The modern manufacturer seeks ways to improve all aspects of production. Many have turned to Machine Data Collection (MDC) to provide deeper insights into what is occurring on the shop floor. Implementing MDC can be challenging, however, considering the age, make and type of CNC machines utilized. This guide will help you plan ahead for an MDC installation and start to consider some possible roadblocks before you get too far down this road.
CIMCO MDX-Max is very closely tied to DNC-Max. This is because of the integration between both the DNC system itself often providing key information for the data collection system but also between the MDC software and other related applications such as PDM and/or NC-Base. Let’s start the planning by identifying how you presently communicate with your machines. There are 6 methods that files are uploaded to your controls:
- By hand (USB or Floppy)
- Via RS-232 Upload or Remote Request
- Via RS-232 Drip Feed (Not stored on control/continuous feed)
- Ethernet – FTP
- Ethernet – NFS
- Ethernet – Directory Monitor
In many cases existing infrastructure can be used or altered slightly to accommodate the MDC solution. There are actually 3 corresponding ways for MDC to gather data for a particular CNC machine:
- Via dprnt statement/Macro (RS-232 Machines w/ Macro Support)
- Via network system (Fanuc FOCAS, Haas Mnet, MTConnect, Heidenhein LSV2)
- Via Programmable Logic Controller (PLC) signal acquisition
Using dprnt statements provides much more limited information from the CNC. Basically you can only gather cycle start, cycle stop, and part count. Network systems are extremely useful and provide much more detailed information right out of the box. This is our preferred method whenever possible, to gather MDC data from a CNC machine. PLC Signals are very reliable but can require great knowledge of the CNC machine in order to gather all of the required signals. They often tie into the pilot lamps to get the basics – cycle start/cycle stop. More advanced signals may or may not be supported depending on the machine.
If you currently use USB or Floppy disks to get files to your CNC machines, your road to implementing MDC will be longer. If you have Ethernet or RS-232 cabling already in place, things should move much more quickly. Ethernet is our preferred method, we can use it for any type of machine. We provide a document you can use to survey your equipment for the most important variables. To receive a copy use our Service Inquiry Tool or call +1-925-272-0384. Older machines may also lack some features that are necessary for advanced MDC installs. If you have very old CNC Machines, you are likely to experience some roadblocks to implementing advanced MDC functions, so also keep that in mind.
Planning for Operator Input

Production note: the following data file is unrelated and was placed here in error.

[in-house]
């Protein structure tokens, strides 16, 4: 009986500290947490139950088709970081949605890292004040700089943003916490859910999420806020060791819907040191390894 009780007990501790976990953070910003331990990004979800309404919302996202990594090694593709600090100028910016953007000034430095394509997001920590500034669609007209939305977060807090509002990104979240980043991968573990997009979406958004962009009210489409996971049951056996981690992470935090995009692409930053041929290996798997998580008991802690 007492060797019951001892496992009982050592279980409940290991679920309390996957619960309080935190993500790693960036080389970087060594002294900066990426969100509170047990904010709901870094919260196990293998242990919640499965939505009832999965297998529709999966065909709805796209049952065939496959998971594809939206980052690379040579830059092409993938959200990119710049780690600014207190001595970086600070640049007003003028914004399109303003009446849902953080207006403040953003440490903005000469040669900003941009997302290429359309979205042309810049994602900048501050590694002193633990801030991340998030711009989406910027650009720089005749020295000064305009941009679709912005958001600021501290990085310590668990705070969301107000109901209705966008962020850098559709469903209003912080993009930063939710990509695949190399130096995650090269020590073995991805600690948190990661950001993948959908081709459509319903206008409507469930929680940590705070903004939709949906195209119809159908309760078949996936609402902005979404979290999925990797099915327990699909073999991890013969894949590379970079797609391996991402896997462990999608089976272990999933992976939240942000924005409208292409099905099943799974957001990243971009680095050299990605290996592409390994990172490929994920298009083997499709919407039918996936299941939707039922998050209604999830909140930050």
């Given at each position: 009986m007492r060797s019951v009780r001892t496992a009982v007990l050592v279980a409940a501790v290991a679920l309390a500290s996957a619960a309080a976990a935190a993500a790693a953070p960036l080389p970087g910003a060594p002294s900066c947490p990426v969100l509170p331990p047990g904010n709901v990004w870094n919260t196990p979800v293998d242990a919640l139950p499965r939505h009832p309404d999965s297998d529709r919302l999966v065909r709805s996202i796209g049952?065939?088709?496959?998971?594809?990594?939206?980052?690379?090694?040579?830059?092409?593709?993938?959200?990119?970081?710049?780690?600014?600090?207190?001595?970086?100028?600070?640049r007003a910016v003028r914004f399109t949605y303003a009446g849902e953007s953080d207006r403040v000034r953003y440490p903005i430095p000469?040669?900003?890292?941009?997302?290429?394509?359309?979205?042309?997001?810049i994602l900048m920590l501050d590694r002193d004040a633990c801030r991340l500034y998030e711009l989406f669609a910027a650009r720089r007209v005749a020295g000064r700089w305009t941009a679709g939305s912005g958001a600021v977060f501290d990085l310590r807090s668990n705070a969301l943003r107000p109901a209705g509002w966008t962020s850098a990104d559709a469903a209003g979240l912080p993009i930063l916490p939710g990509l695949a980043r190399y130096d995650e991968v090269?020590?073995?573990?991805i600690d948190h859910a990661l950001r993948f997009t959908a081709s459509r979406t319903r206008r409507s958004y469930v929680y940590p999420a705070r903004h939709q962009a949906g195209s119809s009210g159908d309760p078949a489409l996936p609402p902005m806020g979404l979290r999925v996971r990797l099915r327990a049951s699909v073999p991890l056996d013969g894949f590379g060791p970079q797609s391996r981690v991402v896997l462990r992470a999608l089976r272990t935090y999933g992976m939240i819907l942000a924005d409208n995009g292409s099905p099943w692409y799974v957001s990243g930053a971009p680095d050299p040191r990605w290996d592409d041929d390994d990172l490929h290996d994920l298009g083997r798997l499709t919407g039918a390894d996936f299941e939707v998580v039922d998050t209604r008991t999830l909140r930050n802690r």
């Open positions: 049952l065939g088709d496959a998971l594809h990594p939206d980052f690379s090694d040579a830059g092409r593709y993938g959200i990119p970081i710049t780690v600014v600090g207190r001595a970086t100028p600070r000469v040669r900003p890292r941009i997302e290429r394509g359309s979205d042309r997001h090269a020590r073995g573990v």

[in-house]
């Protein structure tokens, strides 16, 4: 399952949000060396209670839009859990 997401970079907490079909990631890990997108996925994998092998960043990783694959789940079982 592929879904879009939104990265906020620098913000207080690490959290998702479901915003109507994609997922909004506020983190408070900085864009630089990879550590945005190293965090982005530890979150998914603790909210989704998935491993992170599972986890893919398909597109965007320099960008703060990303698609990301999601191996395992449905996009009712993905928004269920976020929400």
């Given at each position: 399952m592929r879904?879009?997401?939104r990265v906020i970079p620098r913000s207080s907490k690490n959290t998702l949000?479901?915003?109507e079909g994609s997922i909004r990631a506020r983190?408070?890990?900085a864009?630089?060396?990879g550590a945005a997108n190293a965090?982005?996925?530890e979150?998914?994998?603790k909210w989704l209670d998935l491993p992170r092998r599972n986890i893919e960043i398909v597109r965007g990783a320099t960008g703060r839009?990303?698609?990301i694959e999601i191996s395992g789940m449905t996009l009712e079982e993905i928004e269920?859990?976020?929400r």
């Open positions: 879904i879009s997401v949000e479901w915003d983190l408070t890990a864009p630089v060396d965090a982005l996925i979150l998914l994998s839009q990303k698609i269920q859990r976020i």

There are a number of situations where human input is required to appropriately track what is occurring on the machine. For example if a machine alarms, it is possible in some cases to get data about the alarm from FOCAS, M-Net or MTConnect but what about other cases? Or how about when a CNC Machine is idle, won’t we want to know why? For this reason one of the most common operator inputted information is related to why a machine is not running such as:
- Tooling Issue
- Scrap Part
- No Operator Available
These are just examples of the reason codes, depending on your application these can be customized and inputted one of several ways:
- Barcode Reader
- Computer Terminal
Each of these methods has it’s own unique advantages and it’s often a matter of preference or access to existing equipment. If for example you have Windows PC’s on your network located around your machining cells it might make sense to just utilize that existing equipment. Most of our customers use bar-code readers, which can do double duty such as remote-request files from the DNC system. With the new web client you can use almost any device. It is also worthy of mention that a number of things can be derived from the .nc file itself including the part number, client name or virtually anything.
It is sometimes perceived that an MDC system will be viewed like “big brother” watching the employees. The reality we have discovered is that in many cases MDC is instrumental in informing management of things that the operators may already know. Good examples of this are problems related to maintenance, materials or even tooling. Get input from your operators on what they feel the bottlenecks are while planning your MDC install.
What Information do You Need?
Manufacturers often look at industry key performance indicators such as Overall Equipment Effectiveness (OEE). You might have other metrics that are equally important if not more important to your facility. You might also have specific problems or bottlenecks you are trying to solve. Our customers have identified everything from raw material quality problems to high tooling cost issues. The basic MDC install is designed to see if your machines are running and if they aren’t why they aren’t. Do you want more? Think about your specific challenges and share those with us during the process. You don’t have to be an MDC expert, that’s our job. Still not sure how to proceed? Contact us using the form below or send an inquiry and we’ll help you make sense of it all.